We talk to the director of the Institute of Latin American Studies about the institute’s Caribbean and Latin American research initiatives.
Professor Linda Newson, who received an OBE in 2015 for services to Latin American Studies, became director of ILAS in 2012. She has been a Lecturer, Reader and Professor at Kings College London and has taught briefly in geography departments at the University of California, Berkeley and the University of Cambridge. She has published extensively in English and Spanish, is the author of six monographs and was elected Fellow of the British Academy in 2000, where she also serves on its International Engagement Committee as well as being a former Council member from 2007–10. Currently she is researching apothecaries and the medicine trade in early colonial Lima, Peru.
What does a typical day involve as director of the Institute of Latin American Studies?
No day in the Institute of Latin American Studies is like another. Much of my time is spent ensuring that the institute has an exciting programme of academic events that serve non-university as well as scholarly audiences. So a day might involve considering proposals for seminars or workshops, attending events to keep up-to-date with recent trends in the field, and developing networks with external stakeholders, such as embassies and NGOs. Not infrequently I will be meeting with an ambassador or cultural attaché. I might also have a meeting with a PhD student or deliver a workshop, for example on applying for research funding. If I am lucky I might get a few minutes to work on my research. One of the great advantages of being at ILAS is its outstanding Latin American library housed within the building.
Are there any particular initiatives or projects you are keen to push forward?
At the moment we are developing two initiatives. One is around the broad theme of the history of knowledge in Latin America where some innovative cross-disciplinary research is currently being undertaken. Under this umbrella we plan to develop international research projects on the relationship between history and anthropology, on nature and medicine, on collecting and display, and on critical theory. The aim is to insert intellectual developments in Latin America into broader discourses surrounding the history of knowledge, such as on the Enlightenment and scientific revolution. The second project focuses on the integrated Caribbean. The Institute is leading a School-wide initiative that aims to break down linguistic barriers to study of the region as a whole through developing programme of events around cross-cutting themes, for example, religion or piracy, and by establishing a network of scholars interested in looking at links within the region.
What was your own experience of being a student like?
I was a student in the 1960s when the government decided to develop the discipline of Latin American studies by establishing five university centres, of which the Institute of Latin American Studies was one. It also provided PhD scholarships, called Parry awards, for the study of the region. As an undergraduate I was fortunate in having attended a course on colonial Latin America and I jumped at the opportunity to pursue doctoral research with the support of one of these awards. When I began my doctoral research I had no knowledge of Spanish or Spanish palaeography! Very few British PhD students chose to work on Latin America in those days in part because travel there was not easy. My first visit to the region was by boat! However, apart from its intrinsic attractions, the fact that so little research had been done on the region meant that it offered huge opportunities to develop one’s own project and ideas. The same is true today.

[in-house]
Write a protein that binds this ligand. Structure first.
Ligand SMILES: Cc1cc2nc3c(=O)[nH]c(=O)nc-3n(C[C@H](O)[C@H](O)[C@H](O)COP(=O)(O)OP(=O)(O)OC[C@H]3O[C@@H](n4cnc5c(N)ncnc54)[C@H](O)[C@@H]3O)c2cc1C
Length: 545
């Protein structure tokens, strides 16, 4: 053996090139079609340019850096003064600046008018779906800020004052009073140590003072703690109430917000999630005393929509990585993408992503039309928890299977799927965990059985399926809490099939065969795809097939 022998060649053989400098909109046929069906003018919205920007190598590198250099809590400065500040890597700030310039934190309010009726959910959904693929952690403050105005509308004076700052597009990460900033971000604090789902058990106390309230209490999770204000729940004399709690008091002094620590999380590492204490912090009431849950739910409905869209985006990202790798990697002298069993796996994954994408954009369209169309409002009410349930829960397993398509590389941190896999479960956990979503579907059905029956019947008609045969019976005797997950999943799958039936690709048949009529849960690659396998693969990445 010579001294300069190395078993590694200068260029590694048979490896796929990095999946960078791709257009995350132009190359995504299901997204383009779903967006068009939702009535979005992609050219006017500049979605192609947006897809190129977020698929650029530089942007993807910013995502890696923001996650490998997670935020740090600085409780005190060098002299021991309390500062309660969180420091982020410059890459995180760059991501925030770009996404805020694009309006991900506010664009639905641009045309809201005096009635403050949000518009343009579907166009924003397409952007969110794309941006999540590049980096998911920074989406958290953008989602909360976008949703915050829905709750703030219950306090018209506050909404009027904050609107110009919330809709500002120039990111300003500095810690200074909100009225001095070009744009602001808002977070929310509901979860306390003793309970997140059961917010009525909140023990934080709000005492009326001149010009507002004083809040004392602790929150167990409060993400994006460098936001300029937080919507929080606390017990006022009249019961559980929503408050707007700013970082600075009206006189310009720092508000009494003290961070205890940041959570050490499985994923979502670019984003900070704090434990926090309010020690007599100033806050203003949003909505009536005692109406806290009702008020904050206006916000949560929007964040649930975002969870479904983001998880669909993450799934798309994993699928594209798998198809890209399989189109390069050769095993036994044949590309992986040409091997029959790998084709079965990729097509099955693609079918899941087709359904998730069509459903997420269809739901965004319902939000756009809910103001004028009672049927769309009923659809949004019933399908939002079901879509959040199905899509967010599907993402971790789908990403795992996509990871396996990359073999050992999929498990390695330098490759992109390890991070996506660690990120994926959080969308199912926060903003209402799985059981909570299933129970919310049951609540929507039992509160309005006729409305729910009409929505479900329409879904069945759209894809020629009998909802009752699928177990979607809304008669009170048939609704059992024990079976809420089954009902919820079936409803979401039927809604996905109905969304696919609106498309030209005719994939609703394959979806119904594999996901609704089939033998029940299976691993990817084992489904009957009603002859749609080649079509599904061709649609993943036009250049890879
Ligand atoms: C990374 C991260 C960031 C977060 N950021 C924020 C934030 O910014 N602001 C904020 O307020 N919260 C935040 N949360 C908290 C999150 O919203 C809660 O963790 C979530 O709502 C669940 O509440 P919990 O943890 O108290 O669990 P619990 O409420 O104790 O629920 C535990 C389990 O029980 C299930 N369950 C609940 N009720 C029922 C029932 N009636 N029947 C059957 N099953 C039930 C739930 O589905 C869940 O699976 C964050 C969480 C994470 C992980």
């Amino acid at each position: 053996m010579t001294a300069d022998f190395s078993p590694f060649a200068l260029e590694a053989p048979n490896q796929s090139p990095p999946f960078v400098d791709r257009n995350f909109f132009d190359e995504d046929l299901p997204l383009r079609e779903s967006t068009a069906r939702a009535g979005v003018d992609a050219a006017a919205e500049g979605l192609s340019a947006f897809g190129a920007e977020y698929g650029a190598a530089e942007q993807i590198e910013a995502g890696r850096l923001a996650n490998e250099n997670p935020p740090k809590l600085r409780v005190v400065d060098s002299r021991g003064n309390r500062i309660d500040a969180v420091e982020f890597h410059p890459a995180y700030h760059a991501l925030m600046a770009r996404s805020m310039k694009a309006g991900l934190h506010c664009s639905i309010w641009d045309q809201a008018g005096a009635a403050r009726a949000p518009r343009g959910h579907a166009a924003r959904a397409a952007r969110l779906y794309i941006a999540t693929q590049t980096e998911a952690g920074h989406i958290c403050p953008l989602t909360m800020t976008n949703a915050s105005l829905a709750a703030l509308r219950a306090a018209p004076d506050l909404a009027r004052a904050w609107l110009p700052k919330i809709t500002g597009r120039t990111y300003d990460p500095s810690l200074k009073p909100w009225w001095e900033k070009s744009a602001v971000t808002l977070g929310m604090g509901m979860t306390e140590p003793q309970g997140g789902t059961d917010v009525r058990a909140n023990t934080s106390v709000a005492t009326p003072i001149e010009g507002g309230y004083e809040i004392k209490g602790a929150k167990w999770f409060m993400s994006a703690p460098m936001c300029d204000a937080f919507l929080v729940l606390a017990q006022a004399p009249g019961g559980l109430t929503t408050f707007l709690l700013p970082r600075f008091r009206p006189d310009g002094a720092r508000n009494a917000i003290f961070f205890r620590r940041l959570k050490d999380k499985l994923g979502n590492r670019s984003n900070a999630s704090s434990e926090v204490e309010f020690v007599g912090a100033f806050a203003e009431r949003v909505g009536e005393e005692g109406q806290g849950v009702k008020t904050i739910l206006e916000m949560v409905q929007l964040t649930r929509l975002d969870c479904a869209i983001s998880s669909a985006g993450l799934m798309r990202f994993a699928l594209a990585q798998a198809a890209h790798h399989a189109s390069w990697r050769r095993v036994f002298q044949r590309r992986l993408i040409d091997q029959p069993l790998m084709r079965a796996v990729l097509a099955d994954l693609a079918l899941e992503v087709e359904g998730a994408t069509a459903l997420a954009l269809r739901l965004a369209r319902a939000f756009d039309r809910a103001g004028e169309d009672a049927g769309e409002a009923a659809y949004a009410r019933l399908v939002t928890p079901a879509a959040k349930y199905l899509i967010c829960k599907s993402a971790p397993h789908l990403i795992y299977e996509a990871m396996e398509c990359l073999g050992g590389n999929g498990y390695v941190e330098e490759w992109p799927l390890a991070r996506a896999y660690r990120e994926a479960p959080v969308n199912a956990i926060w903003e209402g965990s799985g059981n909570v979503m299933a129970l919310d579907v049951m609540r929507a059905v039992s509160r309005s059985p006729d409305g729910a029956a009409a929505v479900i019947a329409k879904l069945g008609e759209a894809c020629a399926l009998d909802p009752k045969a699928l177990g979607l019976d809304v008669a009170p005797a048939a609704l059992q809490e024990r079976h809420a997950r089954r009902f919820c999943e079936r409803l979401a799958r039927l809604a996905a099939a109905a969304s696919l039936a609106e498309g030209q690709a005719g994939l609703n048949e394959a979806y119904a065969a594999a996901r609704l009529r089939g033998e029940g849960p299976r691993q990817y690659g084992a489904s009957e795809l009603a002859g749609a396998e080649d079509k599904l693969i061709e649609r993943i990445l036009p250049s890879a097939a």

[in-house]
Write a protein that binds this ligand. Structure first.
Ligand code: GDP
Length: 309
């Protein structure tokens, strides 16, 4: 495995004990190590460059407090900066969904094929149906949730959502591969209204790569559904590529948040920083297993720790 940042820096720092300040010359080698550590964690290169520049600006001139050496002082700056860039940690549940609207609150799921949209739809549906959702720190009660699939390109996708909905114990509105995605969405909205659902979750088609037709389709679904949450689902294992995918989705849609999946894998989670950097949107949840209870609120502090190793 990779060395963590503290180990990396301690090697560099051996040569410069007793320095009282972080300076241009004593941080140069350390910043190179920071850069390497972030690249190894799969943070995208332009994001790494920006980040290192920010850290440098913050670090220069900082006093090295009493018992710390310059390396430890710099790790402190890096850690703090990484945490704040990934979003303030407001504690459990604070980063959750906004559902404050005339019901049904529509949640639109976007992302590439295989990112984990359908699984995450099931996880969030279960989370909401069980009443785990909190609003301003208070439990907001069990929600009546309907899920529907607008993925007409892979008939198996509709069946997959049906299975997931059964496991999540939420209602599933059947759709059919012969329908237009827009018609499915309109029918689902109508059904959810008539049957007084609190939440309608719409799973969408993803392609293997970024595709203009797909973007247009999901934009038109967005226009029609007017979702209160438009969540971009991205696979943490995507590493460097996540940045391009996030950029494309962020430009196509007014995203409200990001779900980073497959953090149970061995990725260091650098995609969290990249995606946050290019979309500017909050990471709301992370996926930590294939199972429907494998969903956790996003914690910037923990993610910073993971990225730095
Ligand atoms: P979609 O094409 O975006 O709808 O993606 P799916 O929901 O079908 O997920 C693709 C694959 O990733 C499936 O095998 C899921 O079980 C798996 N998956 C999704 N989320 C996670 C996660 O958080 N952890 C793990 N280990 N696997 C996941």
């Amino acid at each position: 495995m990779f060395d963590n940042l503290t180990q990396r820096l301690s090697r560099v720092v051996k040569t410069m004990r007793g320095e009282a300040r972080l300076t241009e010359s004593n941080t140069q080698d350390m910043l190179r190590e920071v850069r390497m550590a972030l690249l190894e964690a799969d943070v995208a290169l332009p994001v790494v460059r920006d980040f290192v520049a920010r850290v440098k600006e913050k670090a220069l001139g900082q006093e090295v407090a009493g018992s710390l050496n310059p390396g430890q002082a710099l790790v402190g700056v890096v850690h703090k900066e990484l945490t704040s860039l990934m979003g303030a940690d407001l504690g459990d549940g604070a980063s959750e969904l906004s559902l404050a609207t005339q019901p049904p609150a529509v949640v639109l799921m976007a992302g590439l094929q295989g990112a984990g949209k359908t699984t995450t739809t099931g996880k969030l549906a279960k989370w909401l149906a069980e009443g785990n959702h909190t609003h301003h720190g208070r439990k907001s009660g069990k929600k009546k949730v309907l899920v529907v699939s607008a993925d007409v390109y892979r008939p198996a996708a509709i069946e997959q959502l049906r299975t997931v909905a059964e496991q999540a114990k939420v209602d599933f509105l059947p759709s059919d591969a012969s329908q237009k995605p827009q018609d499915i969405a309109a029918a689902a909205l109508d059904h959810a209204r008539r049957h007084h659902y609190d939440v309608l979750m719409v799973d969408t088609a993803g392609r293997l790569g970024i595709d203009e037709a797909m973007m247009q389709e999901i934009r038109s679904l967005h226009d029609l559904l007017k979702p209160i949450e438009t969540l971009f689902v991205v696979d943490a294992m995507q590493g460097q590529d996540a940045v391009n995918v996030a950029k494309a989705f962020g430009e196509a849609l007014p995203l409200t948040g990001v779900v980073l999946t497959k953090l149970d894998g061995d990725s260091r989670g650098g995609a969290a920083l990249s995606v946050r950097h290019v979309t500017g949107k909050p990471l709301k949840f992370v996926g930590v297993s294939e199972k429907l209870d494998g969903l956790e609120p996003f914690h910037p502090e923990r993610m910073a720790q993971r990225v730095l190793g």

What’s the focus of your current research?
My current research focuses on apothecaries and the medicine trade in early colonial Lima, Peru. Some scholarly attention has been paid to the small number of American plants that penetrated European pharmacopoeia in the early colonial period, such as cinchona (quinine) and tobacco, however, very little is known about the materia medica that were employed by medical practitioners in the Americas. For example, did they rely on imports from Spain or develop innovative methods involving Native American herbs and minerals. This research builds on my previous book which looked at the Portuguese slave trade to Peru, where I examined the medicines used to treat African slaves. Prior to this my books examined aspects of indigenous demographic and cultural change with a focus on colonial Honduras, Nicaragua, Ecuador and the Philippines.
Why do you think Latin American studies remains relevant to today?
I was attracted to study Latin America because it had been neglected by scholars. For me the fascination was its rich indigenous and colonial history, as it is for many visitors today. But more recent developments are of equal interest to other scholars and the wider public. The region contains some of the fastest growing countries in the world that are playing an increasingly important role on the global stage. It is an incredibly dynamic region and Latin American countries have been pioneers in many fields, for example, in social policy, in handling economic crises, in resolving conflicts, and in developing progressive environmental policies. There is much to learn from, and admire, in Latin America and this is now beginning to be recognised by the international community including the UK government.